Keith Barr, InterContinental Hotels Group’s new CEO, discussed the impact the company’s new guest reservation system will have when it fully replaces its legacy Holidex system by 2019.
LONDON—Timing is everything when it comes to technology, and in the case of InterContinental Hotels Group, the waiting has been the hardest part for its much-anticipated guest reservation system.
The schedule for installing the GRS actually delayed the integration of Kimpton’s loyalty program into the IHG Rewards Club loyalty program—a decision made necessary by the desire to be efficient, said Keith Barr, IHG’s CEO, during an interview from the company’s central London office in Denham, England.
“(Kimpton’s integration has) been slower than we wanted, and it’s actually kind of tied to GRS,” he said. “We recognized we had to migrate the Kimpton hotels over to (the) central reservation platform, and we made the decision last year, saying, ‘Let’s wait for (the new GRS), because we don’t want to have to move them twice.’”
IHG could have put Kimpton into its Holidex, a legacy central reservation system IHG is in the process of retiring, and then put them into the new GRS, but the company decided not to, Barr said.
“It’s a lot of work, a lot of transitioning, and a lot of training, so they’re moving right into GRS next year,” he said. “They’ll be fully integrated from a channel perspective and loyalty perspective in 2018.”
The new cloud-based guest reservation system has been delivered to 100 properties thus far. A full rollout will commence in 2018, and the installation will finish in early 2019, according to Barr.
“GRS is going to be transformational,” Barr said.
The company changed and upgraded its middleware during the past three years to prepare for the switch, he said.
“We’re going to have the ability to do things going forward that we just couldn’t dream of two or three years ago,” Barr said. “It’ll let us work in a service-based architecture working with different companies around the world that deliver different benefits.”
The functional, agile technology will enhance revenue delivery via a more intuitive, easier to use interface, Barr said. Owners shouldn’t expect a huge drop in technology expenses once GRS is fully integrated—the move should be cost-neutral.
“Effectively what we’re doing is keeping our costs the same for the owners, but adding much more functionality,” he said. “We’ll be doing quarterly or semiannually releases of new functionality made to maintain the costs as they are today. Our cost to maintain is going to go down, but they will continue to be able to develop feature functionality, which is nice to see because you’re not locked into having to do this massive development project centrally and then launch it every two years, we can be much more agile and nimble with it. “
The other big tech-oriented transition for IHG is the industrywide adjustment to advanced data crunching—specifically in marketing and revenue management, Barr said.
“The utilizations of (data-management platforms), (demand-side platforms), first-party, third-party data, to market in a more one-to-one basis to customers is where the industry is either headed or there today,” he said. “We’re spending more in that space than ever before and in upgrading our investment in technology and that drives high (return on investment) for our owners, to make sure we spend our marketing dollar more intelligently, and there’s innovation happening all the time. Then it links over to revenue management.”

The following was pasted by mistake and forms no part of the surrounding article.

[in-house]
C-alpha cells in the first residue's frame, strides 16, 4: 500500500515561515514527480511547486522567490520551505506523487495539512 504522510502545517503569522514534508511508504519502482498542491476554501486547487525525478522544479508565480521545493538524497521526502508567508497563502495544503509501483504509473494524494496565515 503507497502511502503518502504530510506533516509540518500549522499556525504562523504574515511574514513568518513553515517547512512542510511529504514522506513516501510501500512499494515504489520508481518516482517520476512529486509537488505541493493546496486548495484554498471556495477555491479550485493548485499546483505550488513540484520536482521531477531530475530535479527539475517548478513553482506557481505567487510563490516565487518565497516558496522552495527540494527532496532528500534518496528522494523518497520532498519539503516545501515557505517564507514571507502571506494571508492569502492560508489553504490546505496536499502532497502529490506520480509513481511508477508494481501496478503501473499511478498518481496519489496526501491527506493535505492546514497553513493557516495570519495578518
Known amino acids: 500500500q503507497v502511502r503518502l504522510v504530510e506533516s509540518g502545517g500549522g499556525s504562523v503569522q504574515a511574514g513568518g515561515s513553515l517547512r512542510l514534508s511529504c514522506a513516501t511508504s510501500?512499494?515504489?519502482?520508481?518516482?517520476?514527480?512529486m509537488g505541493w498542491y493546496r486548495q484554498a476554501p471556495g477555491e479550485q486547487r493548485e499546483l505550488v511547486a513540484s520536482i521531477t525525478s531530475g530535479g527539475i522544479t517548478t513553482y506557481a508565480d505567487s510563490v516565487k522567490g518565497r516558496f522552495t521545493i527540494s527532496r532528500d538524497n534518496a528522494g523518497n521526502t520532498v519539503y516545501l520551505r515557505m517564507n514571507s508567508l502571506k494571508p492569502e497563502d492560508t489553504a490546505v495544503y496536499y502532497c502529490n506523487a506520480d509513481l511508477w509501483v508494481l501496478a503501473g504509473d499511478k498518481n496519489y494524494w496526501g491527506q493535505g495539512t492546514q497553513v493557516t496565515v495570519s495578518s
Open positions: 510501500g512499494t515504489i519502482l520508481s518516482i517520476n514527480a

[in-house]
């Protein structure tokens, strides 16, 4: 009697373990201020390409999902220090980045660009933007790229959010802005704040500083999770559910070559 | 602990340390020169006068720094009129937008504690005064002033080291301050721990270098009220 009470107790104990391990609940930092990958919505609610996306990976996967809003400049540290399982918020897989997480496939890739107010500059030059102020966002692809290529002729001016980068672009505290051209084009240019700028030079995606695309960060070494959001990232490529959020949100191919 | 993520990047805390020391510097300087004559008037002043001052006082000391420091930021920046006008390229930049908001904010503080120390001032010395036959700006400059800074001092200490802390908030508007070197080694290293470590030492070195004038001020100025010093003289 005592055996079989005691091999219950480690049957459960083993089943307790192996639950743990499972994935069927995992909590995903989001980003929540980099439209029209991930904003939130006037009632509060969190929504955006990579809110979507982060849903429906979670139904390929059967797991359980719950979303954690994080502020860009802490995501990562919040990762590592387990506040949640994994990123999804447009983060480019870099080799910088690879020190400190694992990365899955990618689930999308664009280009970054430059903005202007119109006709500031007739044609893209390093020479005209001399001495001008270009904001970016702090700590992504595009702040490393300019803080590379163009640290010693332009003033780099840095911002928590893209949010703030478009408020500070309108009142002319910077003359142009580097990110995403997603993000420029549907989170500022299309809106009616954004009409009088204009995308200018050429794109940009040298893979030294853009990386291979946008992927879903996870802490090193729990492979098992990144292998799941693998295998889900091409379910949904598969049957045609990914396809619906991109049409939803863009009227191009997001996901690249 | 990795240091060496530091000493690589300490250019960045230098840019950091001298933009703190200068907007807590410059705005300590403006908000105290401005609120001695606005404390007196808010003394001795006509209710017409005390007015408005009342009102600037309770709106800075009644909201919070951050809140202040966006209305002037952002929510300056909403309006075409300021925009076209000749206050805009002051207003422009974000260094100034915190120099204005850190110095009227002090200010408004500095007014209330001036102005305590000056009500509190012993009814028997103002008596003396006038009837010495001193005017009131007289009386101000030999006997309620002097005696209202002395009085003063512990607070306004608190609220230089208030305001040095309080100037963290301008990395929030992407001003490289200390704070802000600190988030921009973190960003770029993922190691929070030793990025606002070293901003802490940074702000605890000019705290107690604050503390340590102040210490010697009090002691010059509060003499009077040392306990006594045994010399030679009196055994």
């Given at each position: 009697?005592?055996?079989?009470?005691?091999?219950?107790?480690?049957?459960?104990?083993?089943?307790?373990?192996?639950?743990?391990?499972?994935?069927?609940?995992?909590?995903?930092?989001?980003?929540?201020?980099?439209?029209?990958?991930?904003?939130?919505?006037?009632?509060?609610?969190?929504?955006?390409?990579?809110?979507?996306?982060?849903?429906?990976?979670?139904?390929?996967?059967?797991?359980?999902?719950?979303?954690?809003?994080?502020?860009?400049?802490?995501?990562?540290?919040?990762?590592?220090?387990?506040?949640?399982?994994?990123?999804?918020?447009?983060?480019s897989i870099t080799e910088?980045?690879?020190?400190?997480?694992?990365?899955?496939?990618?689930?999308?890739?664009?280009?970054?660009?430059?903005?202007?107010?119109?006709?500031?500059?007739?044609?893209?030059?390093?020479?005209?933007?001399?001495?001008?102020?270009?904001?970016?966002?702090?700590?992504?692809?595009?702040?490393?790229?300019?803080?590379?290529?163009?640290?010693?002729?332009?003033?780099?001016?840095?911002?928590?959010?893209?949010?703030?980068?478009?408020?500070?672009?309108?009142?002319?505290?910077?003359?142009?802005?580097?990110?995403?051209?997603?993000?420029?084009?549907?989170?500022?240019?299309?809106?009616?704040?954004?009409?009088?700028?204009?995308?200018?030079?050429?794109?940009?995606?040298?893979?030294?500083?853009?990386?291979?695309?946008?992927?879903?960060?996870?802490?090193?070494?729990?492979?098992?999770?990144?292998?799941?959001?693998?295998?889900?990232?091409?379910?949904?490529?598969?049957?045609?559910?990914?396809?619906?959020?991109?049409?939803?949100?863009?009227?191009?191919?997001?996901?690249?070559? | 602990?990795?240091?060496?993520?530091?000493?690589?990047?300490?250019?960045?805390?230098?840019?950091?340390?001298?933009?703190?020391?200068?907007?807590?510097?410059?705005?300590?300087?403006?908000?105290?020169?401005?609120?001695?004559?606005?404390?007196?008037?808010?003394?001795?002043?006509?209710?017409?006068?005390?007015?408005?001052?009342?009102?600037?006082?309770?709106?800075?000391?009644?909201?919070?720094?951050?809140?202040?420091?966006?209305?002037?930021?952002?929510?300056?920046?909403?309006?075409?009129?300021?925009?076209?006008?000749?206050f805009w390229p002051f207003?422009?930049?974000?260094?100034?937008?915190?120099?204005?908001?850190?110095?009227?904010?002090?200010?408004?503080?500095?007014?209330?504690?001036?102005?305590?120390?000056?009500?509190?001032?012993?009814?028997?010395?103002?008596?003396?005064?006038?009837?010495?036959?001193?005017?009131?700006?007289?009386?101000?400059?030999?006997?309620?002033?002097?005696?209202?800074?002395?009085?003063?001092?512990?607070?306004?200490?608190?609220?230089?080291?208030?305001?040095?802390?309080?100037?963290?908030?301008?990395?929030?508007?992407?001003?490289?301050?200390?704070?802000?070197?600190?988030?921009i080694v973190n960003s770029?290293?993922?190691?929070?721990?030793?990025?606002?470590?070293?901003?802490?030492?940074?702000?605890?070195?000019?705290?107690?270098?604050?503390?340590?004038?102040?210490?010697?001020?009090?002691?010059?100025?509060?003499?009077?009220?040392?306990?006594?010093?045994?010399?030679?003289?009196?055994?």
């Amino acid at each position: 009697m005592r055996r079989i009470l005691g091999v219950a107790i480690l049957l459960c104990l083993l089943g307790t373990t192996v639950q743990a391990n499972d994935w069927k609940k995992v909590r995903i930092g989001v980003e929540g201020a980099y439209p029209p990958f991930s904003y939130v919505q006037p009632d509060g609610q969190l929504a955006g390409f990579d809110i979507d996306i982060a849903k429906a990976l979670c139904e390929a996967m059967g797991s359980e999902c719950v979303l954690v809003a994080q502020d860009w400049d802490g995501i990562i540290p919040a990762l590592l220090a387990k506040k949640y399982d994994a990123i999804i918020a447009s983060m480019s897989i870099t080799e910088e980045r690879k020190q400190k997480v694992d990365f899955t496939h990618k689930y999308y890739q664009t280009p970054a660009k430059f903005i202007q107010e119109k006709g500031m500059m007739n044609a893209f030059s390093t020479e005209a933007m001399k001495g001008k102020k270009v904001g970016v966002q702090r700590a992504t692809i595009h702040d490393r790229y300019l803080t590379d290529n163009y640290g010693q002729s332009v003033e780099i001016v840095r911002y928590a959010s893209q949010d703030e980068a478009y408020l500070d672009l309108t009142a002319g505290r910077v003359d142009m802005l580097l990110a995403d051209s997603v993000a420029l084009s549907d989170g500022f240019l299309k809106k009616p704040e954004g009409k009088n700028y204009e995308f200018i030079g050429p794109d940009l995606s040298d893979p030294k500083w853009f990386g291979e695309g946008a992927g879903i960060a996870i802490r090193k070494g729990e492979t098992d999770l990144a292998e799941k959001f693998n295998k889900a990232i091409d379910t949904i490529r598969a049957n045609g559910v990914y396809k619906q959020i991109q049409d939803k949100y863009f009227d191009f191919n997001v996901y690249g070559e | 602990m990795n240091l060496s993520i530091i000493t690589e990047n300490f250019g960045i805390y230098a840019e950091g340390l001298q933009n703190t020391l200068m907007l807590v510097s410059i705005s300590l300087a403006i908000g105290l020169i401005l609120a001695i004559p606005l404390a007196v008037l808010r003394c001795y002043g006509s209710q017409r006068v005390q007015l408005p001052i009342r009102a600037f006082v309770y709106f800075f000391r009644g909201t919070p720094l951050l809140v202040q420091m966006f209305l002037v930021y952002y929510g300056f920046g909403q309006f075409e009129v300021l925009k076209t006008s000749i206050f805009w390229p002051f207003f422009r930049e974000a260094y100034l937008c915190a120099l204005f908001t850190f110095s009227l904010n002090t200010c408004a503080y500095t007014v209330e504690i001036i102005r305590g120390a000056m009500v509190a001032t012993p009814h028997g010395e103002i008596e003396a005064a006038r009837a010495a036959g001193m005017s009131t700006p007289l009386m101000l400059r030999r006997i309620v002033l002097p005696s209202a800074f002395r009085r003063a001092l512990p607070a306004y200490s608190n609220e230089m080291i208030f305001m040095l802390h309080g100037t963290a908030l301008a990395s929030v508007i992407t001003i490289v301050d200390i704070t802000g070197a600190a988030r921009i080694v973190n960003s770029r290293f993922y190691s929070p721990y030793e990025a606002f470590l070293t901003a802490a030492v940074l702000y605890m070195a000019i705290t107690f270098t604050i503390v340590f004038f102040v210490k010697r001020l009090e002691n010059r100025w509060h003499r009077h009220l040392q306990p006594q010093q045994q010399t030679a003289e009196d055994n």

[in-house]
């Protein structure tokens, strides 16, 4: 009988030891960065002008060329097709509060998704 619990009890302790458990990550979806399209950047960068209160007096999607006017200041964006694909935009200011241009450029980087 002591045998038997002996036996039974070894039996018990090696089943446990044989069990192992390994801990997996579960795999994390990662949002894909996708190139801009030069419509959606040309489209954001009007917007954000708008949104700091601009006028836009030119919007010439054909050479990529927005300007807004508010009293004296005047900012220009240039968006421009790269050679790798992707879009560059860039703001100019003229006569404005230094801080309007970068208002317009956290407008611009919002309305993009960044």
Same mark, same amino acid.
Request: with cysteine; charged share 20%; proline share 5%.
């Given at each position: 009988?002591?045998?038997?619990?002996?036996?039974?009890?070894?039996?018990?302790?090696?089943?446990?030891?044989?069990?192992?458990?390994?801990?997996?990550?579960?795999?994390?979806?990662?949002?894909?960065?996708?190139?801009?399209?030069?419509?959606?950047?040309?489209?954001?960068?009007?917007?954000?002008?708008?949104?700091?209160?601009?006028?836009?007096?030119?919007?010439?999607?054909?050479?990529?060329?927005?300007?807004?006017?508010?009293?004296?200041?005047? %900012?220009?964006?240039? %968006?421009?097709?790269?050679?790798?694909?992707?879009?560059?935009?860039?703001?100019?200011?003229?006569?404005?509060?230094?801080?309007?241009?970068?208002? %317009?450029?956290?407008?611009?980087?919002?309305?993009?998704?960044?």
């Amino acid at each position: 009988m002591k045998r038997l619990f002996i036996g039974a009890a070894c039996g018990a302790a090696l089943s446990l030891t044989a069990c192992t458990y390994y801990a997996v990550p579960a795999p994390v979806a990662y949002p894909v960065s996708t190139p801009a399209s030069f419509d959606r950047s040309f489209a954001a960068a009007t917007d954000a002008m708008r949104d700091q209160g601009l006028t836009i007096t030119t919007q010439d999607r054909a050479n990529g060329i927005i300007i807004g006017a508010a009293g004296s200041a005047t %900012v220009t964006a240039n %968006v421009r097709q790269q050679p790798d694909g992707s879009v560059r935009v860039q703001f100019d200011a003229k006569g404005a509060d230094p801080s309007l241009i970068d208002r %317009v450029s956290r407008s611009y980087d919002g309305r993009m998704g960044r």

More hotels are opting for the centralized revenue management because they recognize the complexities of the concept, he said.
“The next big thing is machine learning and AI; it’s going to be layered on top of it,” Barr said. “We’re already using a bit of it in our business today, but it’s going to become the prevalent thing that will drive revenue management transformations going forward for the next three to five years in the industry.”
A changing focus in the hotel industry
The emphasis on technology couldn’t come at a better time, Barr said. The race for bigger portfolios among the world’s hotel companies must be accompanied by a focus on technology.
“You have to leverage your scale to get great distribution agreements … so you have to kind of look at in totality how do you have a highly profitable and successful revenue delivery enterprise to pair up with great brands,” Barr said. “We invest significantly every single year in that enterprise saying, ‘What (are) the technology advancements we want to make,’ and it can either be about taking costs out of the business or how we drive a greater share of wallet from customers.”
With all of its promise, technology remains the biggest challenge for the hotel industry, Barr said.
“We really understand customer needs, we understand the customer journey (and) can build great brands,” he said. “It’s really understanding the technology trends and how you’re going to invest intelligently around the things that matter most to customers and owners. You can chase lots of shiny objects.
“It’s really understanding which ones are going to matter most to owners and customers going forward and being able to filter out the noise and make really smart long-term and strategic decisions around technology,” he added.
Barr said the most important amenity in a guestroom room beyond the bed and bathroom is Wi-Fi.
“If you have to take three hours to download something or you can’t easily connect, it’s frustrating, particularly if I don’t have a lot of time—so you’ve got to get it right,” he said, adding that he travels with four devices that need Wi-Fi connectivity in a hotel room.
Barr said the company’s two-year-old IHG Connect Wi-Fi program addresses connectivity—including the amount of bandwidth being piped into a hotel. It’s includes a quality sign-on experience and total coverage within the hotels—and can be centrally managed to control costs.